Tuesday, July 7, 2015

The roster shuffle: Hicks, Thompson, O'Roarke, Pressly, Robinson

The Twins moved some bodies around the past few days while I was writing about other stuff. Assuming everything is settled in, they've cut the staff back to 12 pitchers and re-inserted a genuine centerfielder into the lineup. Let's review:

Reserve outfielder Shane Robinson was absent a few days on family emergency leave, his second such absence of the season. I don't think I've described his situation before, but this Derek Wetmore piece from last month does a pretty good job of explaining why Robinson comes and goes.

Robinson's brief departure opened the door for Aaron Hicks to return from his rehab assignment. Hicks not only made a spectacular catch Monday night, he homered in consecutive games (both from the right side). Power is something that's been missing from his game the past year-plus.

Robinson's return coincided with Ryan Pressly's trip to the disabled list. The right-handed reliever felt something give in the back of his shoulder Saturday. He has had a quietly good stat line (2.93 ERA with the bullpen's second-highest strikeout rate) despite occasional control hiccups.

The upshot: The Twins have replaced Pressly, the bullpen's No. 3 righty, with Hicks.

The other shuffled was LOOGY for LOOGY: Aaron Thompson down, Ryan O'Roarke up.

Ryan O'Roarke has
a career ERA of
4.15 in the minor
I vaguely remember seeing O'Roarke in Beloit in 2012, and I mentioned him in passing in the blog, but I can't recall any specifics. He was one of seven lefties on the Snappers roster when I saw them (that was their final season affiliated with the Twins), and he didn't hold any special interest for me. The idea that he'd be in the big league bullpen before fellow southpaw Corey Williams, a recent third-round pick, would have been ludicrous. But here he is, and Williams is in the process of recovering from Tommy John surgery.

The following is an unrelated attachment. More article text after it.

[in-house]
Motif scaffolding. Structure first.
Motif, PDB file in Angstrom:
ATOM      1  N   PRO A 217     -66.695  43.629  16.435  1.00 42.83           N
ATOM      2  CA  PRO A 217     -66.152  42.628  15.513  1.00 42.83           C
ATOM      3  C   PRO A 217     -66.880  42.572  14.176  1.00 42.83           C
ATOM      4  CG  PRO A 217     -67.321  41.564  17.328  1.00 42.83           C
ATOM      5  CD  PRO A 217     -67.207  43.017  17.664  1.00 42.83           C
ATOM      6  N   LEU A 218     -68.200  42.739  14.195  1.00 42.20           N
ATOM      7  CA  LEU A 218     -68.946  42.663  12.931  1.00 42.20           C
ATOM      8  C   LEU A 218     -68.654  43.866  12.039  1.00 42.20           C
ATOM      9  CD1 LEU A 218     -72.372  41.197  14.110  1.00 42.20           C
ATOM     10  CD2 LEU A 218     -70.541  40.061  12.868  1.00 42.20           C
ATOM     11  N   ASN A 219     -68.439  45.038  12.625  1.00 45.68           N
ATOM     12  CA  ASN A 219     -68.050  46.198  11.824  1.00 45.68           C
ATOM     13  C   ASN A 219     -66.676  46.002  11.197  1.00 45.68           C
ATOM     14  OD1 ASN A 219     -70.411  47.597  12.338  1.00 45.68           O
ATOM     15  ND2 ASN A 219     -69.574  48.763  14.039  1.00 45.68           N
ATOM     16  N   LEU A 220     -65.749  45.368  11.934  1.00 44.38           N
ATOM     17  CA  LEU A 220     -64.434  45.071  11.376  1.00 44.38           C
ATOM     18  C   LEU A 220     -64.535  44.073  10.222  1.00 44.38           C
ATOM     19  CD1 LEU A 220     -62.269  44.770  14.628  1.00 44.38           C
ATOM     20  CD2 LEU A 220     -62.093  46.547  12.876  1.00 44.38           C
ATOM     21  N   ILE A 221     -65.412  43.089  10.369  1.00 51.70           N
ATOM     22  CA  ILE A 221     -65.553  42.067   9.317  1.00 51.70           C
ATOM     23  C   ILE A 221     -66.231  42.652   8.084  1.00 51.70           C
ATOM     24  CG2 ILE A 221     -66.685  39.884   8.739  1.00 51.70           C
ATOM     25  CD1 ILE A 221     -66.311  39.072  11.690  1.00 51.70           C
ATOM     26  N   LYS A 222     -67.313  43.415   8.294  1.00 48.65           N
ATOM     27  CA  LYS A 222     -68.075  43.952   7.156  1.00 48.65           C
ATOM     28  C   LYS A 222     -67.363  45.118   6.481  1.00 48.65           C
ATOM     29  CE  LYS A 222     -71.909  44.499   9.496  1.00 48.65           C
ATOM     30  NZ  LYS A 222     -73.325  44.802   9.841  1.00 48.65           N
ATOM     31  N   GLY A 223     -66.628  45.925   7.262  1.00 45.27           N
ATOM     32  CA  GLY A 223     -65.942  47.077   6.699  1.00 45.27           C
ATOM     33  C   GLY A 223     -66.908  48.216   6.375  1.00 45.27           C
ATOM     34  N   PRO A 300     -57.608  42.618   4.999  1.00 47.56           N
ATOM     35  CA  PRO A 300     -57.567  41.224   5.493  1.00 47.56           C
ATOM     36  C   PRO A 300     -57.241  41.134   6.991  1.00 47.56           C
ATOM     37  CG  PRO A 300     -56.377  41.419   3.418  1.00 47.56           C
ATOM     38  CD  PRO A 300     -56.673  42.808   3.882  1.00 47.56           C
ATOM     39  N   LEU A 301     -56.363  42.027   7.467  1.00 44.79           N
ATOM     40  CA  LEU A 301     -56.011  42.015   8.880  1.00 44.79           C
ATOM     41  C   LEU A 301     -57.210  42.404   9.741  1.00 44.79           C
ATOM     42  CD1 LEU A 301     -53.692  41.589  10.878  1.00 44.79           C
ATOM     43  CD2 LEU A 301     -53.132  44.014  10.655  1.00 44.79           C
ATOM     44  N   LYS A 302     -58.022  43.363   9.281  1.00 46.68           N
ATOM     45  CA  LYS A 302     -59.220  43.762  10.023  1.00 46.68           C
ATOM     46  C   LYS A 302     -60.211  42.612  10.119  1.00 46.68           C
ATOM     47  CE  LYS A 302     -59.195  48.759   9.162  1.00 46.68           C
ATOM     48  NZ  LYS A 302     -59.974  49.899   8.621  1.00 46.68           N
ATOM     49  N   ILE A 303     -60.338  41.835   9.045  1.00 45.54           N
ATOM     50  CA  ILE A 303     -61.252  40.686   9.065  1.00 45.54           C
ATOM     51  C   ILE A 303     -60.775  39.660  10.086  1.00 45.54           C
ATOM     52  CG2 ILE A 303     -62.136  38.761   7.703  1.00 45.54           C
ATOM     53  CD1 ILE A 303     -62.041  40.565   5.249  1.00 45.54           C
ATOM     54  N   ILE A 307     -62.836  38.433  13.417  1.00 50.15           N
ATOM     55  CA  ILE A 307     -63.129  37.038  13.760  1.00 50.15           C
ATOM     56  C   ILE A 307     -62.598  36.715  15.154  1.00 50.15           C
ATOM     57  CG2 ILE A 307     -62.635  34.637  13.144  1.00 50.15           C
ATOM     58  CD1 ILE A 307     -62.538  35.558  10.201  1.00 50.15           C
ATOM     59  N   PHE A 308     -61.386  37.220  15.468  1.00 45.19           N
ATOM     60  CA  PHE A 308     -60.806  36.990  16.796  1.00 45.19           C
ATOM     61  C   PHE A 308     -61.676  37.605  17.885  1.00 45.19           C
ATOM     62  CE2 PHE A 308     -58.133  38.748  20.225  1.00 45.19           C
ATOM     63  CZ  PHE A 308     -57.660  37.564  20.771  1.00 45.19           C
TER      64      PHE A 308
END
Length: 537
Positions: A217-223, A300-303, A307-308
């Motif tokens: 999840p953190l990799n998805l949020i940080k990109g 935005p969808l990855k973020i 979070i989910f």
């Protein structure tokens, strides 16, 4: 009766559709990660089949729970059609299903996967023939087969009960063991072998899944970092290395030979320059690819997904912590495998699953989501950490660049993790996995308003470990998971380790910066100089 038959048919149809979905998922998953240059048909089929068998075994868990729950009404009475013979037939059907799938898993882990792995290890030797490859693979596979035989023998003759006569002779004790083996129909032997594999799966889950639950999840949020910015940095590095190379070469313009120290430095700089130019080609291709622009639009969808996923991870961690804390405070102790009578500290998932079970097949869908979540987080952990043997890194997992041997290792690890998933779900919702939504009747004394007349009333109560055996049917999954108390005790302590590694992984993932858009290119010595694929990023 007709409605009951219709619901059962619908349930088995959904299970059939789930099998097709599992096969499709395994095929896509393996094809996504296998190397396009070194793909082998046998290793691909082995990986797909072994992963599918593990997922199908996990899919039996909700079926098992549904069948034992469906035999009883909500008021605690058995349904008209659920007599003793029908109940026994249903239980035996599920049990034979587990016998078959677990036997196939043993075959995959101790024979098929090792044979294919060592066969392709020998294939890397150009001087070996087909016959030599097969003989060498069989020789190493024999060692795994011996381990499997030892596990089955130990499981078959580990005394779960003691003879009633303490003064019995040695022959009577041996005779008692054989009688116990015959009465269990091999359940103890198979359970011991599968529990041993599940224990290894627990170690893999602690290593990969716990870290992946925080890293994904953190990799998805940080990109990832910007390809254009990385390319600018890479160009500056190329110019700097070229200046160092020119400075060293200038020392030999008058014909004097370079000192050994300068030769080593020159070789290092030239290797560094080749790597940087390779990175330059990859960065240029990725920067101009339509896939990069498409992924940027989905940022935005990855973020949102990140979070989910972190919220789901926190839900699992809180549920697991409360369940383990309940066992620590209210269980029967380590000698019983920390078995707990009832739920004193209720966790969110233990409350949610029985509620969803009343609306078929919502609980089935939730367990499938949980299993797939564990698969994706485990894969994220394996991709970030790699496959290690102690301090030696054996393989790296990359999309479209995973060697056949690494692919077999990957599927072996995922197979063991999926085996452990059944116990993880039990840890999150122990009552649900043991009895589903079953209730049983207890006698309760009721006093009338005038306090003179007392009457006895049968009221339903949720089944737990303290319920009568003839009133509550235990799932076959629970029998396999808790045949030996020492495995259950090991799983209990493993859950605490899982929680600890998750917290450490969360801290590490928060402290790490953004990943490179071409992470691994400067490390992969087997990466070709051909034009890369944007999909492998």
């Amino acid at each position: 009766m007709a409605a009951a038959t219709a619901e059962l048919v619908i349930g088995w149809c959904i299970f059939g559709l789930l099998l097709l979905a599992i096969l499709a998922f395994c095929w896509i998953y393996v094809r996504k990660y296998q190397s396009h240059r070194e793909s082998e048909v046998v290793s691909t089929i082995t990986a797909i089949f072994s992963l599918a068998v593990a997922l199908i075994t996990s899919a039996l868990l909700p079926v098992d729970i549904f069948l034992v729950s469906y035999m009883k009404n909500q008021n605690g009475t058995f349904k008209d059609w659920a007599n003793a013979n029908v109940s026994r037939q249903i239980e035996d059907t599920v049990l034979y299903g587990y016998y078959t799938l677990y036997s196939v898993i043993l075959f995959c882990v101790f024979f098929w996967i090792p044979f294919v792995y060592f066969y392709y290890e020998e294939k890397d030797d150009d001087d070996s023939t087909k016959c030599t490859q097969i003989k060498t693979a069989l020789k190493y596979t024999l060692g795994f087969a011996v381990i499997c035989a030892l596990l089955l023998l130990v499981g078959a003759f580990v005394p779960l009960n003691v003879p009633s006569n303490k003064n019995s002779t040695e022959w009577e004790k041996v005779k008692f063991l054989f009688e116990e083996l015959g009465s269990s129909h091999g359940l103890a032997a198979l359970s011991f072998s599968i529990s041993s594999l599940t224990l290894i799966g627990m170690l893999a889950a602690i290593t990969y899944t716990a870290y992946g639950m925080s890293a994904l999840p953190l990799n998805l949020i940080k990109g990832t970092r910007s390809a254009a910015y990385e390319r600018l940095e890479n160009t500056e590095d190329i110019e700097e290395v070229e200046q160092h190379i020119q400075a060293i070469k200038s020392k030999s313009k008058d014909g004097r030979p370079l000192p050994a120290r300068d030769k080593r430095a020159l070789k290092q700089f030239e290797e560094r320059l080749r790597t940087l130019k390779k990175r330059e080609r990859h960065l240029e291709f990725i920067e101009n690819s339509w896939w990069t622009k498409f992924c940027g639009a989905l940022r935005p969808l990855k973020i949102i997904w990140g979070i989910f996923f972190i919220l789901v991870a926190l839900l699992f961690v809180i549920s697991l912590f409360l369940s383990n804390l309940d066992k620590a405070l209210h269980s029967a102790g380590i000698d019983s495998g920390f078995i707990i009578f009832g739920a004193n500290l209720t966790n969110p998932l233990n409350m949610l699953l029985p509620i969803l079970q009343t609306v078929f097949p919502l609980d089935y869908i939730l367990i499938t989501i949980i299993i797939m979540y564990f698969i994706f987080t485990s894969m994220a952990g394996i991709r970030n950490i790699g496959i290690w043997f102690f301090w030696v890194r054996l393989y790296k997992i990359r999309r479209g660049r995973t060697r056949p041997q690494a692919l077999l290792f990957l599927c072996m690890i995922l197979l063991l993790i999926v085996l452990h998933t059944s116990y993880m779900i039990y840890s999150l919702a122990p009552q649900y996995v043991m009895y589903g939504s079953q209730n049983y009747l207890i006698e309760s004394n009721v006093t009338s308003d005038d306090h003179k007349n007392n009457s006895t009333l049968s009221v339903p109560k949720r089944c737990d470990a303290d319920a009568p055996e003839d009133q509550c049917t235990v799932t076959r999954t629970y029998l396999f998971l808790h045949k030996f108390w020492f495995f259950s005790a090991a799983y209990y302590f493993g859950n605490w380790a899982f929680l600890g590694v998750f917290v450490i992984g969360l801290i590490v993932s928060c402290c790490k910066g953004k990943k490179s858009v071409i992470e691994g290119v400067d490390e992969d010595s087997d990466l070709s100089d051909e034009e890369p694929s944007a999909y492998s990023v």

There's not a lot in O'Roarke's minor-league numbers to excite you. He's been used in an emphatic one-out role for the past year and a half in Double A and Triple A. This season, for example: 22 appearances but just 15 innings, with an ERA of 5.40. He's had excellent strikeout rates in that role, but he pretty clearly has some trouble with right-handed hitters.

Which is what did in Thompson, that and, arguably, overuse in the first two months. He leaves leading the American League in appearances but with an ERA of 5.01, this despite still having an impressive slash line against left-handed hitters (.189/.262/.264). The underlying point to Thompson's struggles: Even a left-handed specialist winds up facing more right-handed hitters than left-handed ones, and they have to have something to combat them with.

That will be the challenge for O'Roarke. It does seem noteworthy, however, that he got the call instead of Caleb Theilbar, who spent much of the previous two seasons sharing LOOGY duties with Brian Duensing.

No comments:

Post a Comment